Bus 102 runs from Piazza Plebiscito (by the Royal Palace, near the port and Piazza Municipio), via Acton, through the first tunnel, Piazza Vittoria, Riviera di Chiaia (stops near the U.S. Consulate), Mergellina, the second tunnel, viale Augusto, Piazzale Tecchio, viale Kennedy, via Nuova Agnano, Hotel Terme and the intersection of via Beccadelli and via Scarfoglio and returns the same route. Bus 152 runs through Pozzuoli to via Diserchia, then to Via Terracina, via Nuova Agnano, Mostra (Edenlandia), viale Augusto, via Partenope and Piazza Garibaldi.
Bus 501 runs from Stazione Centrale (Piazza Garibaldi) to Piazza Municipio, Piazza Plebiscito, via Santa Lucia, Riviera di Chiaia, Mostra (Edenlandia), viale Kennedy, via Beccadelli and Ippodromo di Agnano.
There are also many suburban and long-distance routes, such as from Naples to Pinetamare, or to the Amalfi coast.
Trolleys are run also by ATAN. There are few of them, the most useful being route No.1. This runs from Pozzuoli through Bagnoli (near AFSouth), past the port area, the central train station and northeast (near Shoe Alley). This route runs by many points of interest, but can take quite some time when compared to other forms of public transportation.
SUBWAY AND COMMUTER TRAIN
There are four systems in Naples. They are:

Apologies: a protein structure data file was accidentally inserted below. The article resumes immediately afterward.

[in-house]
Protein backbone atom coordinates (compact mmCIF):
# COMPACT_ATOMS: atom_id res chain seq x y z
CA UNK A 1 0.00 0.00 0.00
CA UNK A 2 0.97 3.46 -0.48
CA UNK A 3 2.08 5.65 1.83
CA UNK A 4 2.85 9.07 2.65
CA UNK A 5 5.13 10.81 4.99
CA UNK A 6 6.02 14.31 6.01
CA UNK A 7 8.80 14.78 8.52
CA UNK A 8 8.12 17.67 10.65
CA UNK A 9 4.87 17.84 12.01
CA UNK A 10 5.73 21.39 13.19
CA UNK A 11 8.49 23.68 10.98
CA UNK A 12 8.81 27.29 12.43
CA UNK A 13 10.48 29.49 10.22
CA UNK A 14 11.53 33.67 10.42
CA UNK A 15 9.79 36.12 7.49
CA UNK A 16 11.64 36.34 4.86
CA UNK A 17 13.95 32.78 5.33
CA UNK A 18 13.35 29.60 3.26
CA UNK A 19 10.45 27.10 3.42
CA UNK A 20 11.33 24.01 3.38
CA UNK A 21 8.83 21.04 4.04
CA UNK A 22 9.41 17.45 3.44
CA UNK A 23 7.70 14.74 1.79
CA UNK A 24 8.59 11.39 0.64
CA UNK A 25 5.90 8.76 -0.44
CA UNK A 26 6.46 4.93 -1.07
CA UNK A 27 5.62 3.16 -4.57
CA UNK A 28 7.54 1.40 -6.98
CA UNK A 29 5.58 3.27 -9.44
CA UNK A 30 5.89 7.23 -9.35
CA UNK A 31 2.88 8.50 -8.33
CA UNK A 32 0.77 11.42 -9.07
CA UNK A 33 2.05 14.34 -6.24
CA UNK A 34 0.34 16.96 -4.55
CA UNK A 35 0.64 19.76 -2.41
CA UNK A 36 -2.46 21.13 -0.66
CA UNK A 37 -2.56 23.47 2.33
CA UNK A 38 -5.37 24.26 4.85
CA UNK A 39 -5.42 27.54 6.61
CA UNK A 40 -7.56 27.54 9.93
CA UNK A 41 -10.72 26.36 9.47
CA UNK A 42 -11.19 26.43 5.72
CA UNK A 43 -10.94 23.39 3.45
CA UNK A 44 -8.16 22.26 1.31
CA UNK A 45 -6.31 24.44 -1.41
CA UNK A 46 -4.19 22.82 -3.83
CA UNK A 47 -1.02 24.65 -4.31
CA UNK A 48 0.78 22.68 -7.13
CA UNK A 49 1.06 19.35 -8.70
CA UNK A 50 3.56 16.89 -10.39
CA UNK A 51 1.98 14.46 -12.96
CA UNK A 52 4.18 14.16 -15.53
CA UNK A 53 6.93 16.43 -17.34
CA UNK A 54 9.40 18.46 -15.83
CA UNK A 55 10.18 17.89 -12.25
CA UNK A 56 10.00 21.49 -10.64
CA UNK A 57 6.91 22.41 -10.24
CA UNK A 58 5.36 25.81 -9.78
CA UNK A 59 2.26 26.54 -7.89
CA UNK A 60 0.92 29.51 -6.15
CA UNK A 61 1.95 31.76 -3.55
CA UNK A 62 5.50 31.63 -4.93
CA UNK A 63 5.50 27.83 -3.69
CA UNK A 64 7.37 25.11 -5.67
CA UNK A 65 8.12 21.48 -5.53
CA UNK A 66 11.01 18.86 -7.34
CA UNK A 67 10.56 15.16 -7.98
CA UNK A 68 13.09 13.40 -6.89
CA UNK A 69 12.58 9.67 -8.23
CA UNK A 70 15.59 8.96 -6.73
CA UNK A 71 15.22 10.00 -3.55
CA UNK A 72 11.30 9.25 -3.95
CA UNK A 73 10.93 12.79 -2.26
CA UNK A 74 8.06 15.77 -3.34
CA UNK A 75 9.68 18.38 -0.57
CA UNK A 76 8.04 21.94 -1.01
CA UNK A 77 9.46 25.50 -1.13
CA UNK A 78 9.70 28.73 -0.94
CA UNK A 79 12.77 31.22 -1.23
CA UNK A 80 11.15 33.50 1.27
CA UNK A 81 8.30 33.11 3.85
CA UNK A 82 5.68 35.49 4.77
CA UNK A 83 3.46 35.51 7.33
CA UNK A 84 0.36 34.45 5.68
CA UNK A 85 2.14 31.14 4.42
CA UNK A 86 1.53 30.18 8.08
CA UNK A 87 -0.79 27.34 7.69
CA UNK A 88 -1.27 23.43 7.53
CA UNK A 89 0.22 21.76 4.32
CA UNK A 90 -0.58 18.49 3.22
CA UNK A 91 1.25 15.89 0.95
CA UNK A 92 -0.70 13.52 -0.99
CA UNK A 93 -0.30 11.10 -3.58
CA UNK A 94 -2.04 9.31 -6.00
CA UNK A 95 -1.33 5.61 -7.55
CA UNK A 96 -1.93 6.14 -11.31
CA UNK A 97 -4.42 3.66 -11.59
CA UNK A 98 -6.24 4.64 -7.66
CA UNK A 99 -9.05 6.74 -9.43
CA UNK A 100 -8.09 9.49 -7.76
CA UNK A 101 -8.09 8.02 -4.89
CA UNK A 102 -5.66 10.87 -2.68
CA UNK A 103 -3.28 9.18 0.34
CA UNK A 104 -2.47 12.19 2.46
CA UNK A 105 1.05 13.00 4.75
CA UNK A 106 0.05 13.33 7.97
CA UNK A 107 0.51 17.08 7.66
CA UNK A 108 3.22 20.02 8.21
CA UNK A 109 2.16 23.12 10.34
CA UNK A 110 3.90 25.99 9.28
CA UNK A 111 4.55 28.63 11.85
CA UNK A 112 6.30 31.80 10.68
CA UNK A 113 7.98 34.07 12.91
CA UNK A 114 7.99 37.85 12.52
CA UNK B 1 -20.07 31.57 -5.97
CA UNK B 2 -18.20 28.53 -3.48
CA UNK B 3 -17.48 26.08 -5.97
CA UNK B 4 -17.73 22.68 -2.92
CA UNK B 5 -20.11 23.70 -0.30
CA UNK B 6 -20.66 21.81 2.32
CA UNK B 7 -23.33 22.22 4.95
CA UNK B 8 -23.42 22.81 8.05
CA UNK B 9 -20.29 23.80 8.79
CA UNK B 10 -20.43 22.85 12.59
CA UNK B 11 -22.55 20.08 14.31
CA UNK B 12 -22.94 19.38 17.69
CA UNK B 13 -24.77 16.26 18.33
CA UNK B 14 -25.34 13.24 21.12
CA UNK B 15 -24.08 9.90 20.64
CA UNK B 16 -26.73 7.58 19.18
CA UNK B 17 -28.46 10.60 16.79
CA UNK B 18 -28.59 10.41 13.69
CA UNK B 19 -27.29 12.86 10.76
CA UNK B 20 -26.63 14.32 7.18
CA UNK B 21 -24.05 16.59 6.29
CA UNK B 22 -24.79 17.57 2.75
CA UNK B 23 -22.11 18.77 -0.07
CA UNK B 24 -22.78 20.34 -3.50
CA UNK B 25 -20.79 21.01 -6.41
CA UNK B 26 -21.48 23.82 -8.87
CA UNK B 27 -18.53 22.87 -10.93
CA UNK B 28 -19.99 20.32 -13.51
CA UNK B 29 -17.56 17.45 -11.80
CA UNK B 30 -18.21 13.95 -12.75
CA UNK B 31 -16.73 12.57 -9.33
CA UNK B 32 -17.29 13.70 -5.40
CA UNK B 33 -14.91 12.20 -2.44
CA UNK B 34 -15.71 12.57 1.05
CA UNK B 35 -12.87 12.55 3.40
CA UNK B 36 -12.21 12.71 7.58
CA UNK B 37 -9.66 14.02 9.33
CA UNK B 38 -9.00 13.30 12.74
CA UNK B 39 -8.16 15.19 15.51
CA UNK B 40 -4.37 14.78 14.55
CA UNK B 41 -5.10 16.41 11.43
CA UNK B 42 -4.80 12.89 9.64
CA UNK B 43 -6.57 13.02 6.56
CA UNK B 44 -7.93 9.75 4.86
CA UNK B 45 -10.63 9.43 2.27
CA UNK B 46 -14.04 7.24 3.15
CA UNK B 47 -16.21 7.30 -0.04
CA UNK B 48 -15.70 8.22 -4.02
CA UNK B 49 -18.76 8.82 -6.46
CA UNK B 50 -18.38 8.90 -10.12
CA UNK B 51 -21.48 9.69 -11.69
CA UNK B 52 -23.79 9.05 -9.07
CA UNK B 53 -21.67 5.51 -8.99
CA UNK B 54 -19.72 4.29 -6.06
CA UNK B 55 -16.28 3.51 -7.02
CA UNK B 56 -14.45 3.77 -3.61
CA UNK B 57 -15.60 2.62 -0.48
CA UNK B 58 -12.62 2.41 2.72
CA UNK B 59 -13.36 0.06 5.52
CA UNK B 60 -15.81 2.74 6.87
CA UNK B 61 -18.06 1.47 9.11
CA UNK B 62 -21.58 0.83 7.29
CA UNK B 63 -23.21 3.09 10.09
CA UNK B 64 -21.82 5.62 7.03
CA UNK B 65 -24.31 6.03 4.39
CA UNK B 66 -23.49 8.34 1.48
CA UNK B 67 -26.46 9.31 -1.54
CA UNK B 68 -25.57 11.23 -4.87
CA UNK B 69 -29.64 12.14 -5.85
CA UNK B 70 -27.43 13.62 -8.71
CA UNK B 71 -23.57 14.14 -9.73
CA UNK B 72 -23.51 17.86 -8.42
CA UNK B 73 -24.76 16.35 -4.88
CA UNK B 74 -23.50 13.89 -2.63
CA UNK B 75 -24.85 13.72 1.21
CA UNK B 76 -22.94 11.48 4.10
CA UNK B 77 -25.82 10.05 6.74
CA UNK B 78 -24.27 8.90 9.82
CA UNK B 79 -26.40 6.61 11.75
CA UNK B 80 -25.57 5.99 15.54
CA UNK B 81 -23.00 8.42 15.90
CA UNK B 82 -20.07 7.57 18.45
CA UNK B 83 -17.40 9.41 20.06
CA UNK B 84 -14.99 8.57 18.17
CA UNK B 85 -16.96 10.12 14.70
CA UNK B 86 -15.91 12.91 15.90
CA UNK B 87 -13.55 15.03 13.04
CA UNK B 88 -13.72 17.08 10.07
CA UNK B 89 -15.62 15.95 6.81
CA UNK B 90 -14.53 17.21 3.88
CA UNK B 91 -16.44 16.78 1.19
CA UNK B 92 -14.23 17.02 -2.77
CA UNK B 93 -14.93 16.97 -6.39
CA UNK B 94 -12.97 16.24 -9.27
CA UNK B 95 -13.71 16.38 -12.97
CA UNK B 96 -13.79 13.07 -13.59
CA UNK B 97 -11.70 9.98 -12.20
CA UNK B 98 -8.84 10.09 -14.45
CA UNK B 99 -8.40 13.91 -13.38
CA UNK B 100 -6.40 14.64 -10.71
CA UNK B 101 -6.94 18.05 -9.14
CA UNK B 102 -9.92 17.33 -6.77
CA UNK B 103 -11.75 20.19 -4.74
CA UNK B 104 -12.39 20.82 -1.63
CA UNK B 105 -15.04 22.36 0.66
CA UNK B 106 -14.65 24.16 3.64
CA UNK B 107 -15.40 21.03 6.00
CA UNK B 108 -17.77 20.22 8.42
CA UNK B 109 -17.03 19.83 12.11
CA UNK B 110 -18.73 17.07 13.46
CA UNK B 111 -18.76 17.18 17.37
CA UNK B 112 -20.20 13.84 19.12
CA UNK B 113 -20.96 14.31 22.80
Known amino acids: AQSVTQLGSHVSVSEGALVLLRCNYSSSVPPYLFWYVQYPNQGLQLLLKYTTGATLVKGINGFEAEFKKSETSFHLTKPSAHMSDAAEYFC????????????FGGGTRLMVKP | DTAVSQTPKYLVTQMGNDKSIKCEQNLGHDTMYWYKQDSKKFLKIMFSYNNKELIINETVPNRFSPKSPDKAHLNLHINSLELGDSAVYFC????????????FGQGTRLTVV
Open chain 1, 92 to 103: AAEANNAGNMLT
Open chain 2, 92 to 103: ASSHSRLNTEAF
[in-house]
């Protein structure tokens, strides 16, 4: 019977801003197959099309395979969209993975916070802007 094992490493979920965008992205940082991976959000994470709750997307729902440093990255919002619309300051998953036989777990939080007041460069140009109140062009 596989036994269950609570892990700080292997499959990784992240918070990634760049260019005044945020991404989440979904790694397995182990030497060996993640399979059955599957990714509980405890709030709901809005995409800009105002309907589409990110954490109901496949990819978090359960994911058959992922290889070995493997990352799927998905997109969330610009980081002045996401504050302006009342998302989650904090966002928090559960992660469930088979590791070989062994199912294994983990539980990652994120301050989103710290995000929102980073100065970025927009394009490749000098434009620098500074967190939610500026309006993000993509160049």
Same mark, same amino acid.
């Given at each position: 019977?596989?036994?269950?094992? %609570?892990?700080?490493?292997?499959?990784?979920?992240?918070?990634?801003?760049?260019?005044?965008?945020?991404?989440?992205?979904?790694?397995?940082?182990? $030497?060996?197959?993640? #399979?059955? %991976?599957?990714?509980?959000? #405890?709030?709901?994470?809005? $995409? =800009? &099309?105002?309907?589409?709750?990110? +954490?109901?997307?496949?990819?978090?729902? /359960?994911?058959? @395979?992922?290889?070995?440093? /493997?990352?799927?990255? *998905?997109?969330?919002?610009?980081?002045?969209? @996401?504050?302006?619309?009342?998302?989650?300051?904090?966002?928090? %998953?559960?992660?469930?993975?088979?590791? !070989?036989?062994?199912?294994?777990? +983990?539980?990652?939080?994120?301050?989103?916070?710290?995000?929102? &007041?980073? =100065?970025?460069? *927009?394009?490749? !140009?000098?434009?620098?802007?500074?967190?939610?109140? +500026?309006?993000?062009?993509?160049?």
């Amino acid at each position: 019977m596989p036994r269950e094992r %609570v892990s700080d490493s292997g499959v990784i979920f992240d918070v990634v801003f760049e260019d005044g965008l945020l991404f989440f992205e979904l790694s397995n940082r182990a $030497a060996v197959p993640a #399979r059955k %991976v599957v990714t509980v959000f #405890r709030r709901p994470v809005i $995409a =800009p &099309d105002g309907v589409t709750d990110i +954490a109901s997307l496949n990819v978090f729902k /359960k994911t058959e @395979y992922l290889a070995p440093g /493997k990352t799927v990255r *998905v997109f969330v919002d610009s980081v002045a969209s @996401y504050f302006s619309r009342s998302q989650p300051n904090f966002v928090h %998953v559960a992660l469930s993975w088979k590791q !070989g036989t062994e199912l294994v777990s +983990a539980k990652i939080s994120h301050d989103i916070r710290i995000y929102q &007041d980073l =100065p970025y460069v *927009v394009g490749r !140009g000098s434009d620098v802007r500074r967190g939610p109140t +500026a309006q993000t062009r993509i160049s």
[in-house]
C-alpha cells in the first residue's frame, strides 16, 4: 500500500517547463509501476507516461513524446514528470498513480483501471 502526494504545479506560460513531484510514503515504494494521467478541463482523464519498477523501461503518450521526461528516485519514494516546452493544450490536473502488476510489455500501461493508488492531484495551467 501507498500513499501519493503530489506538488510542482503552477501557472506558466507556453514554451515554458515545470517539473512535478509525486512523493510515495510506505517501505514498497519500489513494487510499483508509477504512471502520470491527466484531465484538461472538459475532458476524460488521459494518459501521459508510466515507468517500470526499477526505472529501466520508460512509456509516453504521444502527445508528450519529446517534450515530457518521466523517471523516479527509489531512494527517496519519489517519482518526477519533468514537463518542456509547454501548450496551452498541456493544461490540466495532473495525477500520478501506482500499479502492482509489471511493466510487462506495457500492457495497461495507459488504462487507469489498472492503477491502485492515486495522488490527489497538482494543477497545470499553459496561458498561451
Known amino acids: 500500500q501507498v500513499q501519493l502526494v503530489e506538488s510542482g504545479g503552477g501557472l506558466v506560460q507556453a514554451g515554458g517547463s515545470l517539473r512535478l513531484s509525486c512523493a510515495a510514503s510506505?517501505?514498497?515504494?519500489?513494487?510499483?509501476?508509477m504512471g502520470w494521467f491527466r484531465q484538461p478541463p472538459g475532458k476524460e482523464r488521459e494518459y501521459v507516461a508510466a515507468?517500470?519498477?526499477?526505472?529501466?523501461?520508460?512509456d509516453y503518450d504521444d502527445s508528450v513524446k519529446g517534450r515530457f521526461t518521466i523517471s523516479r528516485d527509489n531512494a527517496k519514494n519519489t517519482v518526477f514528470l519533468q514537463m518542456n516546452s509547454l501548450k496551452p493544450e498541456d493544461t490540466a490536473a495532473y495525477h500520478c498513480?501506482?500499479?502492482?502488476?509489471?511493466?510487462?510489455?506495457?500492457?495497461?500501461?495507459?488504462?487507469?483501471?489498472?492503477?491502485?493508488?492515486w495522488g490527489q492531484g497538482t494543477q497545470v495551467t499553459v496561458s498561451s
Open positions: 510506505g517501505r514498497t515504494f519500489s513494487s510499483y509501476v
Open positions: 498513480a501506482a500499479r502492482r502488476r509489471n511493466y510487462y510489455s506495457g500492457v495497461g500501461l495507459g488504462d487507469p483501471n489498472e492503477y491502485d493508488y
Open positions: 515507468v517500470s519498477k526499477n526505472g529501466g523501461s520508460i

Metropolitana: This is Naples' subway system and is perhaps the most convenient for Allied personnel in Naples. The main segment runs from Pozzuoli to Gianturco in northeast Naples, with stops at Bagnoli, Cavalleggeri Aosta, Piazza Leopardi, Campi Flegrei, Mergellina, Piazza Amedeo, Montesanto, Piazza Cavour, and Piazza Garibaldi. It easily connects the AFSouth post with Naples, three main state train stations, other commuter rail systems, funicolare and ferry and hydrofoil systems. Extensions of the Metropolitana are being constructed to connect to the Vomero and Capodimonte areas of Naples. An already-existing extension runs from Pozzuoli to Villa Literno (about 15 miles northeast of Naples) with stops at Quarto and Giugliano/Qualiano. Trains run between Pozzuoli and Gianturco about every 15 minutes from 5 a.m.-11 p.m. From Pozzuoli to Villa Literno, trains run about every 40 minutes. There are two zones in the main section-Pozzuoli to Mergellina and Mergellina to Gianturco. Tickets are .55 euro within one zone ,77 euro between the two zones. Therefore, a ticket from Bagnoli to Mergellina is .55 euro; from Bagnoli to Piazza Garibaldi is .77 euro. The Metropolitana is run by the Italian State Railway, so combination tickets with the ATAN bus/funicolare systems are not available; you will have to buy separate tickets for such multiple travel. Despite this drawback, the Metropolitana is very convenient.